Homily for February 1st, 2017: Mark 6:1-6.
There’s a 19th century hymn, little known to Catholics, which goes like this:
I think when I read that sweet story of old,
When Jesus was here among men,
How he called little children as lambs to the fold:
I should like to have been with them then.
It’s a nice sentiment. But it hardly corresponds to the historical reality. Most of the people who encountered Jesus found him quite ordinary. “Is he not the carpenter?” they ask in today’s gospel reading. And Mark, the gospel writer adds: “They took offense at him.”
That remains true today. People encounter Jesus today not in his human body but through his mystical body, the Church – through us, who in baptism were made eyes, ears, hands, feet, and voice for Jesus Christ. He has no other.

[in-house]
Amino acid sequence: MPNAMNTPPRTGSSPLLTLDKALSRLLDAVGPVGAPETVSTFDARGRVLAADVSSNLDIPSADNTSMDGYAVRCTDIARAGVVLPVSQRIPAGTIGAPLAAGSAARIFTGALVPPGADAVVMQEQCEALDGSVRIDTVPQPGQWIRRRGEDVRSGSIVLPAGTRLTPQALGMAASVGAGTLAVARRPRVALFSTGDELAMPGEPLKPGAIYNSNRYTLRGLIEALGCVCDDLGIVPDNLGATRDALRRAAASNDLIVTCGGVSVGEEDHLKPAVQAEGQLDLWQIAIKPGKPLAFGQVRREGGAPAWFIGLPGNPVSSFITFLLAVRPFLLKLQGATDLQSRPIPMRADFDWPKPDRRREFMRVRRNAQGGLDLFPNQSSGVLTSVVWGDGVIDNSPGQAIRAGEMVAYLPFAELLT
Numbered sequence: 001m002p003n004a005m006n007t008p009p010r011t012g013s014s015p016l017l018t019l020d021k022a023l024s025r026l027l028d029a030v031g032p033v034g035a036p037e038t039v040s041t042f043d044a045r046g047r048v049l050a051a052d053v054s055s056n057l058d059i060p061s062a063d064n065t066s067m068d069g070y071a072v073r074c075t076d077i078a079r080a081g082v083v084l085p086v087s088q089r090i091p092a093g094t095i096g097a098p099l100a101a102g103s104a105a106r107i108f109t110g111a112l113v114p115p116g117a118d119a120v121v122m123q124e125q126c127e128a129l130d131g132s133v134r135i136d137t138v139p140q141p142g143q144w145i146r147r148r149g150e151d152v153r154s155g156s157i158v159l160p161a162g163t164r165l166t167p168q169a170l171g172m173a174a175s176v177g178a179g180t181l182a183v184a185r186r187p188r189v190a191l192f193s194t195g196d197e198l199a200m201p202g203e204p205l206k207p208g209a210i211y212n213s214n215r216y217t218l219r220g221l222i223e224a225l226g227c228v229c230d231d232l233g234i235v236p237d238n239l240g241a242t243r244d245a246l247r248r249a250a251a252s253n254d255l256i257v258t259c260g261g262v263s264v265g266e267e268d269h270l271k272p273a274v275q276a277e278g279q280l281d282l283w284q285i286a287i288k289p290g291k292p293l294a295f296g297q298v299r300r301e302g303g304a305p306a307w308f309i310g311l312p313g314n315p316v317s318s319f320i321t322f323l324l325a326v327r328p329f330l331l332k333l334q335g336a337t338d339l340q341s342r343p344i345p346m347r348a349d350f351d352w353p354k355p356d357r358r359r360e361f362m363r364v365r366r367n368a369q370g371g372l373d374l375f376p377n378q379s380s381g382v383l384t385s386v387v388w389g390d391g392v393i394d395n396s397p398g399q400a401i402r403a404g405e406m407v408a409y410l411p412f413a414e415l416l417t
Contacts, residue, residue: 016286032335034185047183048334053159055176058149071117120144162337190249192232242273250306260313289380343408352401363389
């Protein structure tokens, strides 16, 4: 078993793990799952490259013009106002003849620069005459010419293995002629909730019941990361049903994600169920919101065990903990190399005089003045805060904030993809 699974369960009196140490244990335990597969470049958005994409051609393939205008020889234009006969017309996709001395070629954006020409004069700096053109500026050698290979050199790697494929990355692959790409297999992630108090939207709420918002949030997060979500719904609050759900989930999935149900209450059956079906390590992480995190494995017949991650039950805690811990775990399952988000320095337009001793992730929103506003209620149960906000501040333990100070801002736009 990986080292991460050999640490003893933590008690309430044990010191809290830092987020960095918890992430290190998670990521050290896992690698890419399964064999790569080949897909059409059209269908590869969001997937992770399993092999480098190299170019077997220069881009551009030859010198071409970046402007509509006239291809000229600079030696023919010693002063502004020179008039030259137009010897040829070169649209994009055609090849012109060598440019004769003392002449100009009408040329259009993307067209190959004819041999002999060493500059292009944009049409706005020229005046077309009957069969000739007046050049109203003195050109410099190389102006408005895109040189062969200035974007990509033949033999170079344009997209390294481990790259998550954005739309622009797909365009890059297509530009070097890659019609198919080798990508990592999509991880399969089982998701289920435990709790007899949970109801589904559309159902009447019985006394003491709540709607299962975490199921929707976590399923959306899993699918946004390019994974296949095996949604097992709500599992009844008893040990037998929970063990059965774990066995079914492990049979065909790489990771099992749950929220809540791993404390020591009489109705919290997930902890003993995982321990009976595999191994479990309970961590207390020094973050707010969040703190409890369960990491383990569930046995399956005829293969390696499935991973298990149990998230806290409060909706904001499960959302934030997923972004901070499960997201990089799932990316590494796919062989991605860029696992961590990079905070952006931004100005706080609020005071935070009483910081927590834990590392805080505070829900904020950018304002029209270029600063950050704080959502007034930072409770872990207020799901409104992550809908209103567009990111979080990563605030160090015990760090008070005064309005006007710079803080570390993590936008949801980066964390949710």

The Catholic Church is human, as Jesus was human. Most of the time it is ordinary, as Jesus was ordinary. It can be remote, as Jesus was sometimes remote. It can be weak, as Jesus seemed weak to his contemporaries when he refused to use the divine power he manifested in his miracles to avoid crucifixion.
Hidden behind this ordinariness and remoteness and weakness, however, is all the power of God; all the compassion of his Son Jesus; and all the strength of his Holy Spirit, who came in fiery tongues on the first Pentecost to kindle a fire that is still burning; and to sweep people off their feet with a rushing mighty wind that is still blowing.
Most of Jesus’ contemporaries took offense at him. Or as another translation of our gospel reading has it, “They found him too much for them.”
What about you?